Within the last two weeks, Boram Lee has had racist remarks hurled at her while walking the streets of Cambridge and Somerville.
Lee, a Harvard University graduate student, has lived here for six years. It had never happened before, she said.
“Someone swore at me at Harvard Square, and someone followed me to make a point to say that China is not good, at Union Square … I thought these incidents were not grave enough to report to the police, but then I just didn’t want to wait for something more grave to happen that’s equivalent to a hate crime,” Lee told Boston 25 News.
That’s why Lee recently teamed up with fellow Harvard PhD candidate Ja Young Choi, and, after some brainstorming, the two launched a project highlighting just how frequent and brazen racism against Asians and Asian Americans has been in the age of COVID-19, which first broke out in Wuhan, China, late last year.
The pair of students launched a map on social media last week showing exactly where and when these incidents have happened based on user-submitted reports, according to the news station.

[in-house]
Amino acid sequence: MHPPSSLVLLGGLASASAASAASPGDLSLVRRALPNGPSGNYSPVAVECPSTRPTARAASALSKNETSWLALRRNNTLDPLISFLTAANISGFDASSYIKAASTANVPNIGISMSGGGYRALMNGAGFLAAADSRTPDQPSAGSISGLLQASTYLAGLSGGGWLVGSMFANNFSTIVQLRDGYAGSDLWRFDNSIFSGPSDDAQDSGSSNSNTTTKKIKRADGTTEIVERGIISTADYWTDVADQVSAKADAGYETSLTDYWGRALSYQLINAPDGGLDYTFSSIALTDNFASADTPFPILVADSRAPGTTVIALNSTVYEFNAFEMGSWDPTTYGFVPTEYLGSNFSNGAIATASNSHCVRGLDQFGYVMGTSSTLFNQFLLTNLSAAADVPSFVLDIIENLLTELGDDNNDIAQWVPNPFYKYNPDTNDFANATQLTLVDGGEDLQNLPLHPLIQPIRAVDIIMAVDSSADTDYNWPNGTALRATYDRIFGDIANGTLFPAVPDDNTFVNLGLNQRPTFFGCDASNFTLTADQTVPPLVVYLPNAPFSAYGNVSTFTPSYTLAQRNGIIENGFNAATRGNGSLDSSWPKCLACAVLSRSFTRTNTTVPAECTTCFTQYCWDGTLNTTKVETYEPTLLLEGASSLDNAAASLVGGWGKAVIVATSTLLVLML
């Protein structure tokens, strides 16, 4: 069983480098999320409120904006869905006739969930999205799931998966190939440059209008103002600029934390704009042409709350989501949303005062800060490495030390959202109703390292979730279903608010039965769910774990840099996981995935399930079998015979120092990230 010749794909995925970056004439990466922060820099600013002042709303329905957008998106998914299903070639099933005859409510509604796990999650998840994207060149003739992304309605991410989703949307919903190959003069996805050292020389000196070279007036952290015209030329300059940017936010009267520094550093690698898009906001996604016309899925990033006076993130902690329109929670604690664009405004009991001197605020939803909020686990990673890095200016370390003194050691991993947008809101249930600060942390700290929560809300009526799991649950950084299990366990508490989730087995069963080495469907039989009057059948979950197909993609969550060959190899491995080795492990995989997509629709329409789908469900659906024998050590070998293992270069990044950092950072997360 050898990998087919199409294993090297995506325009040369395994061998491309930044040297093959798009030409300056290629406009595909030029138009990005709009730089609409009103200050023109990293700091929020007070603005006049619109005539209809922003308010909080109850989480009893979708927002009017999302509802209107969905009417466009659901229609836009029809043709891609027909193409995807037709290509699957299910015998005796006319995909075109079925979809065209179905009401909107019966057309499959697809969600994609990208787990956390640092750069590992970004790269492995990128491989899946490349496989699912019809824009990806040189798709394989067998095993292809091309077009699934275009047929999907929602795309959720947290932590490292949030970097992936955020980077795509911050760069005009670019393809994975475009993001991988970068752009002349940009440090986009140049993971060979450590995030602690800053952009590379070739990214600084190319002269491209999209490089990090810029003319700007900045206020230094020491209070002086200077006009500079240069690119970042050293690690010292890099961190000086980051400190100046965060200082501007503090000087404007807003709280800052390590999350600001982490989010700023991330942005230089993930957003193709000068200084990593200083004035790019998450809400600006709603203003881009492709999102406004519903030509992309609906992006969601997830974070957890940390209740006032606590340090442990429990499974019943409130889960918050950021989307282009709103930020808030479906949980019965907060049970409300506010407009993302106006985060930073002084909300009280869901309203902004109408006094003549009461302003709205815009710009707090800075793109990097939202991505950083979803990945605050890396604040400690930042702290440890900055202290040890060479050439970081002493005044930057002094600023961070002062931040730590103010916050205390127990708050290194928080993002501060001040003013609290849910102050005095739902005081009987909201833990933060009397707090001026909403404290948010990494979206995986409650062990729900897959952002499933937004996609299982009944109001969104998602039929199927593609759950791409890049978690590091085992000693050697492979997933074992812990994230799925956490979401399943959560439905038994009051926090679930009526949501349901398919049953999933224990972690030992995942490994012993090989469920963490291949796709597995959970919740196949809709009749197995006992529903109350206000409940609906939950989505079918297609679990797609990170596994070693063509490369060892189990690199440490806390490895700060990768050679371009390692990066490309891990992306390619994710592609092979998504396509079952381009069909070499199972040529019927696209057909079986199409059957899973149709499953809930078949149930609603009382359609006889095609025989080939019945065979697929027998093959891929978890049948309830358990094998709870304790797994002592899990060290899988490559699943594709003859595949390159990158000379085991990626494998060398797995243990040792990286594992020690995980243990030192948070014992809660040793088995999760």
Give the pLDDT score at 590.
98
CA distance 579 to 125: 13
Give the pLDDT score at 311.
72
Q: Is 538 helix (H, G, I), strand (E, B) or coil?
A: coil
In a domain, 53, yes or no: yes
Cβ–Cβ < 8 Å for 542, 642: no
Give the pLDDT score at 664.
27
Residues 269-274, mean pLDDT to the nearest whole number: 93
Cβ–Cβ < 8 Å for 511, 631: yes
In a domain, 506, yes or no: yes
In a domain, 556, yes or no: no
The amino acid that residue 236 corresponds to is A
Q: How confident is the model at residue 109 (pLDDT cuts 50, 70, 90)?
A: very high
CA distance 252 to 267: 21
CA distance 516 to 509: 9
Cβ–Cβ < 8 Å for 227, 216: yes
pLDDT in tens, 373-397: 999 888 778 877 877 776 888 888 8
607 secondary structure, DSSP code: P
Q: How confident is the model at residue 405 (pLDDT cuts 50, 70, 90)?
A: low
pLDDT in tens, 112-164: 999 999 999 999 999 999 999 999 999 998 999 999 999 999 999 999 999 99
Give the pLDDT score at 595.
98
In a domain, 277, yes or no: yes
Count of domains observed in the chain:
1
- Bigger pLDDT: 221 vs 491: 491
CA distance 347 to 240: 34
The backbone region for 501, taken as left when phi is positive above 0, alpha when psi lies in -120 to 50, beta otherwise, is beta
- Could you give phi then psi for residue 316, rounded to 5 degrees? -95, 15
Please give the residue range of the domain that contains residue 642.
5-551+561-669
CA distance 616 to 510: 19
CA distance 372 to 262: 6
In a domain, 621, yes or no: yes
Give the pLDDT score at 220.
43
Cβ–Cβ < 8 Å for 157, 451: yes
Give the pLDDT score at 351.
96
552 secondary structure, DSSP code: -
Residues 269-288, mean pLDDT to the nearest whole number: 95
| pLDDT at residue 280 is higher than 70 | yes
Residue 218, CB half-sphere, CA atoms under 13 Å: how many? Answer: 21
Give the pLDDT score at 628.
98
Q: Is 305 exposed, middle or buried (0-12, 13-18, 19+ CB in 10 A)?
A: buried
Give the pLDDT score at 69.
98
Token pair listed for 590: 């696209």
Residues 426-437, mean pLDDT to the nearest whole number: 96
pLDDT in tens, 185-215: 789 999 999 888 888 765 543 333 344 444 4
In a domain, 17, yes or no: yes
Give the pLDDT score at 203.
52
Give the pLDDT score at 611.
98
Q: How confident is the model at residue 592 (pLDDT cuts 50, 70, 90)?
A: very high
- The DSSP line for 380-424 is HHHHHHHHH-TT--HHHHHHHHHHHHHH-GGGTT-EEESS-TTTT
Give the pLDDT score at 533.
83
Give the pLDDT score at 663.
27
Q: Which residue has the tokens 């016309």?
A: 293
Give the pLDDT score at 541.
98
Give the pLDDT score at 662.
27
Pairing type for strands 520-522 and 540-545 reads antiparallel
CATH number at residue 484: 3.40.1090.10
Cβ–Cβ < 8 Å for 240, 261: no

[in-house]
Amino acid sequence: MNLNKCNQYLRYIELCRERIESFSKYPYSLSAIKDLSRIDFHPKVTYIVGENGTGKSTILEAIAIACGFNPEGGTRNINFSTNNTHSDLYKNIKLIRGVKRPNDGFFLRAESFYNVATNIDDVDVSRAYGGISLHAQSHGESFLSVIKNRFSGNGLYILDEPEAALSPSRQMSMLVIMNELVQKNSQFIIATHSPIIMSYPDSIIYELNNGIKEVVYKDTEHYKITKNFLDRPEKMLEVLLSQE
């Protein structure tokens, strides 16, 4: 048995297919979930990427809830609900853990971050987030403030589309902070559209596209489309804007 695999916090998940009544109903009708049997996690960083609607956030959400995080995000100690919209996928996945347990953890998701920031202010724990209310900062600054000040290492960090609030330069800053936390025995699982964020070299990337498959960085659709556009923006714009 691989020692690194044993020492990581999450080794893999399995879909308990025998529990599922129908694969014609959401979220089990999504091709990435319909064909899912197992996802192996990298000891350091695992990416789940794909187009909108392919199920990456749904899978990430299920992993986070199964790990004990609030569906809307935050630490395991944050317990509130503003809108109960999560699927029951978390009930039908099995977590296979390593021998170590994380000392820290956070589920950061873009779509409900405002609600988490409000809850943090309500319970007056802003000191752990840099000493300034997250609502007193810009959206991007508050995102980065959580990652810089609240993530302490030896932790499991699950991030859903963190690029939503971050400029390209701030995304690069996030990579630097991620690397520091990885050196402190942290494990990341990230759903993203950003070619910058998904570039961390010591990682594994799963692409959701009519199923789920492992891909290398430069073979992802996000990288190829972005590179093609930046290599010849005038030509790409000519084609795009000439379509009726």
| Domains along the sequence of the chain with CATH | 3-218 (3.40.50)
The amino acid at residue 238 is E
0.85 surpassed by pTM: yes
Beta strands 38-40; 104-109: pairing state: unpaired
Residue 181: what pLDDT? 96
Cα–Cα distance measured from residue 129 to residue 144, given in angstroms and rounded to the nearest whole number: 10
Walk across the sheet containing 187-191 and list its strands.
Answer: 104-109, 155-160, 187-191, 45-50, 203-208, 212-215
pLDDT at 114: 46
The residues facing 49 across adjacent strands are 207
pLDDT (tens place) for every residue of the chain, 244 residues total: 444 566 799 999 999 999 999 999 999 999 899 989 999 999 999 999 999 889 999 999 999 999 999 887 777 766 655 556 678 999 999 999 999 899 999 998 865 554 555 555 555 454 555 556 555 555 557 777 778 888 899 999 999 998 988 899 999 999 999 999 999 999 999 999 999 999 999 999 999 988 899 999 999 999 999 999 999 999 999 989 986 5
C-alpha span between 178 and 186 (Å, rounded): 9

“This situation is already a stressful situation for everybody,” Choi told Boston of the pandemic. “It’s a global health crisis and on top of this, there’s another layer of anxiety. And I just wanted to address this in some kind of an active way.”
According to a post written by Choi and Lee on the map, many of the racially-charged “micro-aggressions” Asians and Asian Americans have faced in the United States recently have gone unreported.
“This is a missed opportunity to prevent overt hate crimes, because they are typically preceded by less noticeable micro-aggressions,” the post says.
The map initially focused on incidents in the Boston area, but it now includes dozens of acts reported from as far away as the West Coast and Canada.
“I walked out of my apartment building wearing a mask and a pair of sunglasses,” one user wrote about an experience on March 31 in Malden. “An individual saw me from a distance and walked towards me quickly and spat aggressively on the ground.”
Another wrote of a Feb. 23 incident at the Boston Public Garden: “While on a morning run with a group of other joggers, an individual yelled at me ‘stay away from the Chinese.’ Did not stop or acknowledge the yeller.”
Choi told Boston 25 the issue is not trivial.
“Just because it’s not violent or physical doesn’t mean that it doesn’t threaten your safety,” she said.
The two grad students are thinking about working with Harvard University or local authorities on a hotline for incidents, according to the news station.
“I want people to feel empowered enough to talk about this kind of stuff and we deserve not to be treated that way,” Choi said.